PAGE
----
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Make a Commitment

Ideas Stakeholder Guides

Elected Official

Elected officials have the unique ability to take immediate action and make reducing childhood hunger a priority. Governors, Mayors, and other elected officials can bring communities together, create greater awareness to programs and resources, and connect residents to nutrition programs and services specifically targeted at childhood hunger. As trusted leaders, you can provide long-term plans that address the needs of your communities, establish new partnerships, and attract new funding to help you reach the goal of alleviating childhood hunger in your jurisdiction.

These are things you can start working on right away:

  • Governors’ Challenge to Ending Childhood Hunger. Governors can challenge Mayors and other local elected leaders in every city and county of their state to develop and implement an action plan to end childhood hunger. Plans should be specific, list clear goals, and include year-round action items with opportunities for community partners, faith-based organizations, school districts, and interested residents to get involved.

  • Develop a State Plan to build awareness and promote community partners. Governors can take a strong and active stand in ending childhood hunger by creating a state plan that includes coalition building and strengthening existing resources available in their state. Governors cannot end childhood hunger alone, but need to engage in a collaborative effort with private, non-profit, and faith-based organizations to meet the varying needs of the state. Governors’ can turn to our partner organization Share Our Strength for ideas on state partnerships and state plans.

  • Make a Commitment to End Childhood Hunger. Elected officials can lead by example and publically “Make a Commitment to End Childhood Hunger” on the USDA Food and Nutrition Service’s (USDA FNS) website. By doing so, elected officials can collaborate with the USDA FNS to jointly promote nutrition programs and resources available. In a collaborative effort with the USDA FNS, elected officials can coordinate joint community roundtables, conduct webinars, distribute outreach materials, and provide technical assistance to specific plans for addressing childhood hunger. All it takes is one click to start.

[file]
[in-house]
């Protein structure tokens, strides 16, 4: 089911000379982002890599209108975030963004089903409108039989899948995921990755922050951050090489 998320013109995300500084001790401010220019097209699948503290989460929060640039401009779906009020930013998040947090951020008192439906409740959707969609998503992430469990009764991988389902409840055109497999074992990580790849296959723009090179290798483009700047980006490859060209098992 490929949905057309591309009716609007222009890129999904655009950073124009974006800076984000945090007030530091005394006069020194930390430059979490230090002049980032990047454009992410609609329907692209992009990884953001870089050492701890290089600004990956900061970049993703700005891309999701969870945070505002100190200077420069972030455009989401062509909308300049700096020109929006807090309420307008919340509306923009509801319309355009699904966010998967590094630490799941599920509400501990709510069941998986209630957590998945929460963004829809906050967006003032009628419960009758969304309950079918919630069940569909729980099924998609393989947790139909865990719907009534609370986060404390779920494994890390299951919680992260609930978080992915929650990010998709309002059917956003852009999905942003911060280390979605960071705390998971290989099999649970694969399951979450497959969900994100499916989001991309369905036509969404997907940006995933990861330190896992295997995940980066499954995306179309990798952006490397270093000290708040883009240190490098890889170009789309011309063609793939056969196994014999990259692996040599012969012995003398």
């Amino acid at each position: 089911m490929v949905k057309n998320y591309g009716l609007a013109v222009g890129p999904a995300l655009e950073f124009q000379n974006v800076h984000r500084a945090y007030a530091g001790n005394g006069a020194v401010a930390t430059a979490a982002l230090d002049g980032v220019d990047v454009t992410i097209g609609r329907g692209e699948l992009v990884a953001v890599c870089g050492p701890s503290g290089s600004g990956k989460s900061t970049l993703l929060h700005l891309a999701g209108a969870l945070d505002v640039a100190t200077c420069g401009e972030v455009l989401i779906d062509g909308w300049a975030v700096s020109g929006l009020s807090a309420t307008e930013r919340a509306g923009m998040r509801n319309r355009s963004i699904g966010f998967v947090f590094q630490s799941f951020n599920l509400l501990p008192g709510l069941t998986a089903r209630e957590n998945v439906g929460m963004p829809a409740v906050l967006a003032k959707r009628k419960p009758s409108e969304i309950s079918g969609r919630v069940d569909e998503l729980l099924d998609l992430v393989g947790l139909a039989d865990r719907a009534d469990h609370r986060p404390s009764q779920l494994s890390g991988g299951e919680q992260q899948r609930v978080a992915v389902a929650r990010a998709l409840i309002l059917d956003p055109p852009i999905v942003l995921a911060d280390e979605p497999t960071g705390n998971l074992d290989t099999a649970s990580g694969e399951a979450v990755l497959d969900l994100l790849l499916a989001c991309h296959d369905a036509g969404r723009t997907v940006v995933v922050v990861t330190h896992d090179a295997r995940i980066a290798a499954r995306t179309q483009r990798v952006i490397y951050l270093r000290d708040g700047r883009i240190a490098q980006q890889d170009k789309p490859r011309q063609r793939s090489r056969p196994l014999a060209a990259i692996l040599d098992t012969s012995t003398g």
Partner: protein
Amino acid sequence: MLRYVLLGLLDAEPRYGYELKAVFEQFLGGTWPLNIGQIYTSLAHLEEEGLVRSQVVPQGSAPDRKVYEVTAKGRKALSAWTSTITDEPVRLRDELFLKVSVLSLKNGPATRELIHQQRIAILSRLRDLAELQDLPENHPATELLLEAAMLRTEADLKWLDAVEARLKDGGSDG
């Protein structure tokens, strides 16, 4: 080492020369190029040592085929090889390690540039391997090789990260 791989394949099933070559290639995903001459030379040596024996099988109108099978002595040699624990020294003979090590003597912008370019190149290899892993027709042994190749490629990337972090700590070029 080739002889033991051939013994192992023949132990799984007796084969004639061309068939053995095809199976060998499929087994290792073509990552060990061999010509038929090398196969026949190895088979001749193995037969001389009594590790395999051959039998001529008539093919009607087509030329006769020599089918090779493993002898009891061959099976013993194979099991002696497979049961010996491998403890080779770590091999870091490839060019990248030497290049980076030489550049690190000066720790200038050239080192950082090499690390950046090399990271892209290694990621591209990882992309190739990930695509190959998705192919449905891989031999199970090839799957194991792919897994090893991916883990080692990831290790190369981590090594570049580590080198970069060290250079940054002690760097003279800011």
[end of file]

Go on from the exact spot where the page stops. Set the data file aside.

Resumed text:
• Create a website presence to discuss the issue. As an elected official, your leadership on this issue is imperative and providing and online venue to discuss the problems and solutions in your communities is critical. Elected officials can create a web presence on their current public website dedicated to Ending Childhood Hunger. You can learn more about food insecurity among children through our Background page on the USDA FNS website. You can also add our widget to your page.

  • Use various media outlets to expand reach and create awareness: The opportunity to reach the public through various media avenues presents itself daily for elected officials. Inclusively, many elected officials have blogs, twitter accounts, Facebook fan pages, radio and TV guest appearances, and newspaper editorials that provide the platform and the public reach to talk about childhood hunger. We encourage you to take every opportunity available to promote the campaign.

  • Create an Ending Childhood Hunger Awareness Day: Elected officials can make a proclamation to end childhood hunger and dedicate an official day to the cause. The “Become a Champion to End Hunger Day” in your jurisdiction can be part of your local health fair, state fair, or its own day and be a call to action for all residents, anti-hunger advocate groups, and community and faith-based organizations to show their support.

  • Create challenges to raise awareness in federal nutrition programs. The Supplemental Nutrition Assistance Program (SNAP), the School Breakfast Program (SBP), and the Summer Food Service Program (SFSP) are key nutrition programs that can directly increase children’s awareness of healthy foods. SNAP, for example, has more than 40 million participants, nearly half of which are children. Elected officials can create challenges specific to each of these federally funded programs. For example, establishing a target increase of just 5% in each program can yield tremendous benefits for children and your local economy.

Last Modified:02/22/2013